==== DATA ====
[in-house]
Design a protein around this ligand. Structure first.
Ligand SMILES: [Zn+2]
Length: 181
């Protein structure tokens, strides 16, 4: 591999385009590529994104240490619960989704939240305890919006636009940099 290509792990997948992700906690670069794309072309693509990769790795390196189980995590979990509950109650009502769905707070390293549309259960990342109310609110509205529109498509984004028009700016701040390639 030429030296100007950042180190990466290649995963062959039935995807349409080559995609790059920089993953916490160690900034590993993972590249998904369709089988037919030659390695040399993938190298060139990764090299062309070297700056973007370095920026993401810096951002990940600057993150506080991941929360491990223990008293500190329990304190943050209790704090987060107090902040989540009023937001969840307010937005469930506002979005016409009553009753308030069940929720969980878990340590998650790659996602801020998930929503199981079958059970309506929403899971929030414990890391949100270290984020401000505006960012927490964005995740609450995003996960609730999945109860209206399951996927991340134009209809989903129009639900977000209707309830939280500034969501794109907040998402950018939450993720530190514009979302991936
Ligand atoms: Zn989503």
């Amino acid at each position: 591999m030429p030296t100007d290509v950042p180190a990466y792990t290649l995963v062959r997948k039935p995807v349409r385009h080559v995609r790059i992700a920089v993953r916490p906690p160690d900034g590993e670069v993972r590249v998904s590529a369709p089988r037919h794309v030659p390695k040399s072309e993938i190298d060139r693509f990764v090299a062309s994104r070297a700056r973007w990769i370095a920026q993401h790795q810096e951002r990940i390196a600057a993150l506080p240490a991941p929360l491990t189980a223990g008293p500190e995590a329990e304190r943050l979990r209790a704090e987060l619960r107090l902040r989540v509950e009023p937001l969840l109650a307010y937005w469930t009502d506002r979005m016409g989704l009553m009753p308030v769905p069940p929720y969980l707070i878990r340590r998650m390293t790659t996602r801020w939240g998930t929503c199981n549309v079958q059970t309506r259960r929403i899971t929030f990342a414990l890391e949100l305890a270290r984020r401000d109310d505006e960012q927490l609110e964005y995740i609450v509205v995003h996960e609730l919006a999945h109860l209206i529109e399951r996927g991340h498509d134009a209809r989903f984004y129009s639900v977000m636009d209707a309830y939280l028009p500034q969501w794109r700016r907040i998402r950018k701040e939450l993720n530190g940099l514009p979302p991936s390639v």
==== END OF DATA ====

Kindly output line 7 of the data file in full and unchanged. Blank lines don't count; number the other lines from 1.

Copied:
């Amino acid at each position: 591999m030429p030296t100007d290509v950042p180190a990466y792990t290649l995963v062959r997948k039935p995807v349409r385009h080559v995609r790059i992700a920089v993953r916490p906690p160690d900034g590993e670069v993972r590249v998904s590529a369709p089988r037919h794309v030659p390695k040399s072309e993938i190298d060139r693509f990764v090299a062309s994104r070297a700056r973007w990769i370095a920026q993401h790795q810096e951002r990940i390196a600057a993150l506080p240490a991941p929360l491990t189980a223990g008293p500190e995590a329990e304190r943050l979990r209790a704090e987060l619960r107090l902040r989540v509950e009023p937001l969840l109650a307010y937005w469930t009502d506002r979005m016409g989704l009553m009753p308030v769905p069940p929720y969980l707070i878990r340590r998650m390293t790659t996602r801020w939240g998930t929503c199981n549309v079958q059970t309506r259960r929403i899971t929030f990342a414990l890391e949100l305890a270290r984020r401000d109310d505006e960012q927490l609110e964005y995740i609450v509205v995003h996960e609730l919006a999945h109860l209206i529109e399951r996927g991340h498509d134009a209809r989903f984004y129009s639900v977000m636009d209707a309830y939280l028009p500034q969501w794109r700016r907040i998402r950018k701040e939450l993720n530190g940099l514009p979302p991936s390639v």